• Breads – Unless the restaurant specifically states that they are gluten-free, avoid any crusts, rolls, croutons or baked goods
  • Desserts – In addition to cake, pie and baked goods, gluten can also be in certain types of ice cream (either as an additive or a mix-in, i.e. cookie dough).
  • Sauces and salad dressings – It’s best to ask for oil and vinegar on the side of the salad.

Plate of Fresh Sushi

4. If you have a special event, always call ahead.

Make a reservation and let the staff know that you are gluten-free, along with any other dietary needs. Let them know it is a special celebration – birthday, anniversary, etc. and ask them ahead of time what you can expect to find on the menu.

Some restaurants will let you bring in a cake or dessert from an outside bakery if they do not offer gluten-free desserts. Make sure it is clearly marked with a sign “GLUTEN-FREE,” your name and contact information. Make sure the dessert is well wrapped or contained so they can store it in the cooler safely.

The staff at the restaurant will appreciate you taking the time to contact them prior to your special occasion so they can provide the best customer service possible. Developing a favorite chef relationship at your local restaurants will go a long way for future dining and celebrations.

5. Share your gluten-free experience with others.

Post a review on your favorite social media sites. This will help other gluten-free people find GREAT dining experiences and will also encourage more restaurants to create a safe gluten-free menu.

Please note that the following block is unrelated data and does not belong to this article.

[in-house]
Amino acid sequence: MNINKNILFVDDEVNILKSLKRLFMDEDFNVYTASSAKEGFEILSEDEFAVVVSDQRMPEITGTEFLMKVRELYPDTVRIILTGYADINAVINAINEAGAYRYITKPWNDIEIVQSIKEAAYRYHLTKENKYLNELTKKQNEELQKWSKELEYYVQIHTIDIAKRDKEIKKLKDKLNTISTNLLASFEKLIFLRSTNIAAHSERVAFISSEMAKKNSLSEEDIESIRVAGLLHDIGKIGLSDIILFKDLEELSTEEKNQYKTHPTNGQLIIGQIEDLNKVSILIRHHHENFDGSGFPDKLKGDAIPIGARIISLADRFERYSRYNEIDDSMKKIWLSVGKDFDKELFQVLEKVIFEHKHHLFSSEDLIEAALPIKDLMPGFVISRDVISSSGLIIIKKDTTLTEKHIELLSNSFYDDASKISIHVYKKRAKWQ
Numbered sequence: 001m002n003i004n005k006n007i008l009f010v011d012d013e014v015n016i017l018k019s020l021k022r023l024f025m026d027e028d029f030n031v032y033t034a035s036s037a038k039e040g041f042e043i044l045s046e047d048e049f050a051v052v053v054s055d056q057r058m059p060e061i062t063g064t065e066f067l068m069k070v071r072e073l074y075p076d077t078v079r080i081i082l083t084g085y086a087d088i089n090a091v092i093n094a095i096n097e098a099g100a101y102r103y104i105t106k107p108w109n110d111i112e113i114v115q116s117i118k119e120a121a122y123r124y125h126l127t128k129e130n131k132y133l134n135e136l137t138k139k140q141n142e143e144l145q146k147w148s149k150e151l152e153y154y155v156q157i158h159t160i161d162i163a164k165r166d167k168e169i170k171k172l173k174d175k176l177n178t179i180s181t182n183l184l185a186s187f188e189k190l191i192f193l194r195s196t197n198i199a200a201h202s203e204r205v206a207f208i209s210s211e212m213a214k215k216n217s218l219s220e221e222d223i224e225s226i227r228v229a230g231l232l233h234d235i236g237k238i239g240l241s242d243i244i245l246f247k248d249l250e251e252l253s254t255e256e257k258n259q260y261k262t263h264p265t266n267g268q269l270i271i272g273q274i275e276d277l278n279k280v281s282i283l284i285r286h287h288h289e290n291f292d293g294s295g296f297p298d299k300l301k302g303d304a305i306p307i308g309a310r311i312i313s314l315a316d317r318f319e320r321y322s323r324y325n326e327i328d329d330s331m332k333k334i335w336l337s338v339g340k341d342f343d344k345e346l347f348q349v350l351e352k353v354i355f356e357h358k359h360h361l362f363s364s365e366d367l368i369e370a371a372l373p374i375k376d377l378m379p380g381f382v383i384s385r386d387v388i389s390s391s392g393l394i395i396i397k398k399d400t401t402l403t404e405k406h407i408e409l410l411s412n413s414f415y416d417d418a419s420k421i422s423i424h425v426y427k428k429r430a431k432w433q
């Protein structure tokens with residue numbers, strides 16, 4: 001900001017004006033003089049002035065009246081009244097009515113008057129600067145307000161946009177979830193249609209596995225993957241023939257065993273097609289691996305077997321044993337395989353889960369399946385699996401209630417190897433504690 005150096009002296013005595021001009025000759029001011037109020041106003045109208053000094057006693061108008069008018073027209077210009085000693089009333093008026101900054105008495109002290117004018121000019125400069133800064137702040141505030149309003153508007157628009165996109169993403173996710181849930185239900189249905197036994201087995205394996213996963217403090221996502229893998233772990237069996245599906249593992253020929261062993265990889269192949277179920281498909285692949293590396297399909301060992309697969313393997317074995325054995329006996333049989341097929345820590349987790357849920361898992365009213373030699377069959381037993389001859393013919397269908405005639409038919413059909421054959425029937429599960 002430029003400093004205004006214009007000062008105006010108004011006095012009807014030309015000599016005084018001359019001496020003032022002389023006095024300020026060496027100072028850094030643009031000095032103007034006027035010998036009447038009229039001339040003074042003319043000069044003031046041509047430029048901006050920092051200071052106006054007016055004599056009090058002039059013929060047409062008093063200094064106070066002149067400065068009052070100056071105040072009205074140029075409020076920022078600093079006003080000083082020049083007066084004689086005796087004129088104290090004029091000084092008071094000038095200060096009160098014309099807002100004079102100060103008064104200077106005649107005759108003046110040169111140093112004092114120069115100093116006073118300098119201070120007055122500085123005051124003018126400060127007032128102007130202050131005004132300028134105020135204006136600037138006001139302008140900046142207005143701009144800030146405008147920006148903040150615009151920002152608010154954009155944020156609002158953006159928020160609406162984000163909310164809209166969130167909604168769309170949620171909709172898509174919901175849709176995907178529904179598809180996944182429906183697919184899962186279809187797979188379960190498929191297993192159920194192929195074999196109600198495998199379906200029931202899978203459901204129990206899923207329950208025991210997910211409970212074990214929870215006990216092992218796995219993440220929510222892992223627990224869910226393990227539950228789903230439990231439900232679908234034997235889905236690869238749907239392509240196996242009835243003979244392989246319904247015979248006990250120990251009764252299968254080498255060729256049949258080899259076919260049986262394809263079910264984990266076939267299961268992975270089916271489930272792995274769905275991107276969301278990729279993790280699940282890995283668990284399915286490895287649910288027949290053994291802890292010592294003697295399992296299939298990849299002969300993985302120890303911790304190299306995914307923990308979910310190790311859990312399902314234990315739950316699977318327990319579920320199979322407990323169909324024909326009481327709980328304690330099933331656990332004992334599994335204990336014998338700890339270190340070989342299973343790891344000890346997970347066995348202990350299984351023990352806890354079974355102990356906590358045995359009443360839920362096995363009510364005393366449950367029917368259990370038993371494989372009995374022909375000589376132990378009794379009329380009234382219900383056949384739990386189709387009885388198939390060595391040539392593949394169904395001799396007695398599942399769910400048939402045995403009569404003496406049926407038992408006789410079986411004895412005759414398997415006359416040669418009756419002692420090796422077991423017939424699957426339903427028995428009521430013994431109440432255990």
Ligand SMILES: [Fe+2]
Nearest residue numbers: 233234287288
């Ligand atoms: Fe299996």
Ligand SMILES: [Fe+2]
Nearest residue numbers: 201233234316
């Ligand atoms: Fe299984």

– Lisa Garza

May 3, 2012 at 9:56 am 1 comment

5 Tips for Talking to Your Child About Celiac Disease & the Gluten-Free Diet

[Kathleen Reale runs, a website that offers coupons, samples and information for those with celiac disease and food allergies. In addition to having celiac disease, Kathleen also has family members with food allergies. We asked her for advice on breaking it down for the little ones.]

When you first discover your child has celiac disease, it can seem overwhelming. What foods to buy? How to cook? How to correspond with schools, camps and other social situations? But most importantly, how do you communicate with your child on what celiac disease is and how to navigate the gluten-free diet.

Following are a few tips and tricks to make gluten-free journey easier to navigate…and will help you and your child find a positive, optimistic way to better health and wellness.

1. Help Your Child Understand the Gluten-Free Diet

Depending on your child’s age, it is important that they understand the gluten-free diet and why they need to be on it. For younger children, start with the basics of the diet and expand upon the information depending on the child’s age. Encourage your child to ask questions. Need a springboard to get the conversation started? Check out some of the fantastic books in the resource section below!

Young Boy with Mother and Sister

2. Keep a Positive Attitude

Being on a gluten-free diet is not the end of the world. But for a child, it can seem devastating. Help your child stay focused on what the diet allows, rather than what it does not. Bring your child grocery shopping and allow them to select gluten-free foods they will enjoy. Encourage them to explore new foods, help with cooking, and even start their own garden. Getting children involved in growing, selecting and preparing their foods creates a sense of ownership and pride in the foods they can eat.